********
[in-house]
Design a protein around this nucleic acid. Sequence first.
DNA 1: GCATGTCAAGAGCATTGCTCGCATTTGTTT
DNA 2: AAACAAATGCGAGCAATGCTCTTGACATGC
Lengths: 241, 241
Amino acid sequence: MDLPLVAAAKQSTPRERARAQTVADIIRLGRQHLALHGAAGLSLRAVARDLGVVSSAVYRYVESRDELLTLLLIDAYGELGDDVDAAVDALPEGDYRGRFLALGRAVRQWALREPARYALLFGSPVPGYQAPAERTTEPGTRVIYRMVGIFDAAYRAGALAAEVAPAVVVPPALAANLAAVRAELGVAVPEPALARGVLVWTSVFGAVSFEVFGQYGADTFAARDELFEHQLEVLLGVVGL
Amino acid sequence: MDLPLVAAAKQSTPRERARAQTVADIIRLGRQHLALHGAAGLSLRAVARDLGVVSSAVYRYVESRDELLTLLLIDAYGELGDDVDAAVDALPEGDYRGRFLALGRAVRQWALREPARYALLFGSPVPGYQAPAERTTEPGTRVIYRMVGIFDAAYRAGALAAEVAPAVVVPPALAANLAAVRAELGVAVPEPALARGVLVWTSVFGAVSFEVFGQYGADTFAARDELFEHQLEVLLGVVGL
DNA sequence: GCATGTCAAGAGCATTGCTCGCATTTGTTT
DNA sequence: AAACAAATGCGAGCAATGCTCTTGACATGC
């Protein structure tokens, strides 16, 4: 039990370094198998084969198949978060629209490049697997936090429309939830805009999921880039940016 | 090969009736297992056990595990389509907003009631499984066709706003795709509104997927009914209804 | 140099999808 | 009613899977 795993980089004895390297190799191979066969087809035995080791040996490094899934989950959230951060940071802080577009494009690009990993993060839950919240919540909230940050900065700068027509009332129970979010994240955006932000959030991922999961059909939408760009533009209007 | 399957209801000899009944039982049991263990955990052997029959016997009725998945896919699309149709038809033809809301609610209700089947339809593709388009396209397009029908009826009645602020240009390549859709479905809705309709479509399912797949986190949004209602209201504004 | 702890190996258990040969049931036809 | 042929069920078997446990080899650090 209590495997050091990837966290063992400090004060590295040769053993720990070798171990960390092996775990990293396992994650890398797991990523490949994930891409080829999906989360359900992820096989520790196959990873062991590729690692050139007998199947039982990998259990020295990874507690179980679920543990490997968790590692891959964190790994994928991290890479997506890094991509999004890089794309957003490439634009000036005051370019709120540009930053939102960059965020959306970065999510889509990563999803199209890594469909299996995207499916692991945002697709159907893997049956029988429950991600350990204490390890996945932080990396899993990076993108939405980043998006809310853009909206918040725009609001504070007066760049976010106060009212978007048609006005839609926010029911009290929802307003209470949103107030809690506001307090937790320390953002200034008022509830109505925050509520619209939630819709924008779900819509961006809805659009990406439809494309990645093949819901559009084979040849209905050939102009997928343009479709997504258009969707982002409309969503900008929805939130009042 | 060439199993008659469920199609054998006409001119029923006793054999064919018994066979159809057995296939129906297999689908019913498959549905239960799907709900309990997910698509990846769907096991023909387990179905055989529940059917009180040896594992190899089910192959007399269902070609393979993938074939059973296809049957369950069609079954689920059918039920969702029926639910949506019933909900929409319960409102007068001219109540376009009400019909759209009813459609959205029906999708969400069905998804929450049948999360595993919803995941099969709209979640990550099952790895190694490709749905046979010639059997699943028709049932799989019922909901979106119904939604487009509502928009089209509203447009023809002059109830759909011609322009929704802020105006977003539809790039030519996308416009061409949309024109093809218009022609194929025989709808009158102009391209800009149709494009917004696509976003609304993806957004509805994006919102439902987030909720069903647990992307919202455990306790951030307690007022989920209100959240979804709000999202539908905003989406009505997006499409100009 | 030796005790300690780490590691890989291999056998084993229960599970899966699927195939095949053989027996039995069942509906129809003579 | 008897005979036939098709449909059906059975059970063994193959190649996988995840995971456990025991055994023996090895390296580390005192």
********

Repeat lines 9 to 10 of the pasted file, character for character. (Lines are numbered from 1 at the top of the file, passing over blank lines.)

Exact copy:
DNA sequence: AAACAAATGCGAGCAATGCTCTTGACATGC
């Protein structure tokens, strides 16, 4: 039990370094198998084969198949978060629209490049697997936090429309939830805009999921880039940016 | 090969009736297992056990595990389509907003009631499984066709706003795709509104997927009914209804 | 140099999808 | 009613899977 795993980089004895390297190799191979066969087809035995080791040996490094899934989950959230951060940071802080577009494009690009990993993060839950919240919540909230940050900065700068027509009332129970979010994240955006932000959030991922999961059909939408760009533009209007 | 399957209801000899009944039982049991263990955990052997029959016997009725998945896919699309149709038809033809809301609610209700089947339809593709388009396209397009029908009826009645602020240009390549859709479905809705309709479509399912797949986190949004209602209201504004 | 702890190996258990040969049931036809 | 042929069920078997446990080899650090 209590495997050091990837966290063992400090004060590295040769053993720990070798171990960390092996775990990293396992994650890398797991990523490949994930891409080829999906989360359900992820096989520790196959990873062991590729690692050139007998199947039982990998259990020295990874507690179980679920543990490997968790590692891959964190790994994928991290890479997506890094991509999004890089794309957003490439634009000036005051370019709120540009930053939102960059965020959306970065999510889509990563999803199209890594469909299996995207499916692991945002697709159907893997049956029988429950991600350990204490390890996945932080990396899993990076993108939405980043998006809310853009909206918040725009609001504070007066760049976010106060009212978007048609006005839609926010029911009290929802307003209470949103107030809690506001307090937790320390953002200034008022509830109505925050509520619209939630819709924008779900819509961006809805659009990406439809494309990645093949819901559009084979040849209905050939102009997928343009479709997504258009969707982002409309969503900008929805939130009042 | 060439199993008659469920199609054998006409001119029923006793054999064919018994066979159809057995296939129906297999689908019913498959549905239960799907709900309990997910698509990846769907096991023909387990179905055989529940059917009180040896594992190899089910192959007399269902070609393979993938074939059973296809049957369950069609079954689920059918039920969702029926639910949506019933909900929409319960409102007068001219109540376009009400019909759209009813459609959205029906999708969400069905998804929450049948999360595993919803995941099969709209979640990550099952790895190694490709749905046979010639059997699943028709049932799989019922909901979106119904939604487009509502928009089209509203447009023809002059109830759909011609322009929704802020105006977003539809790039030519996308416009061409949309024109093809218009022609194929025989709808009158102009391209800009149709494009917004696509976003609304993806957004509805994006919102439902987030909720069903647990992307919202455990306790951030307690007022989920209100959240979804709000999202539908905003989406009505997006499409100009 | 030796005790300690780490590691890989291999056998084993229960599970899966699927195939095949053989027996039995069942509906129809003579 | 008897005979036939098709449909059906059975059970063994193959190649996988995840995971456990025991055994023996090895390296580390005192």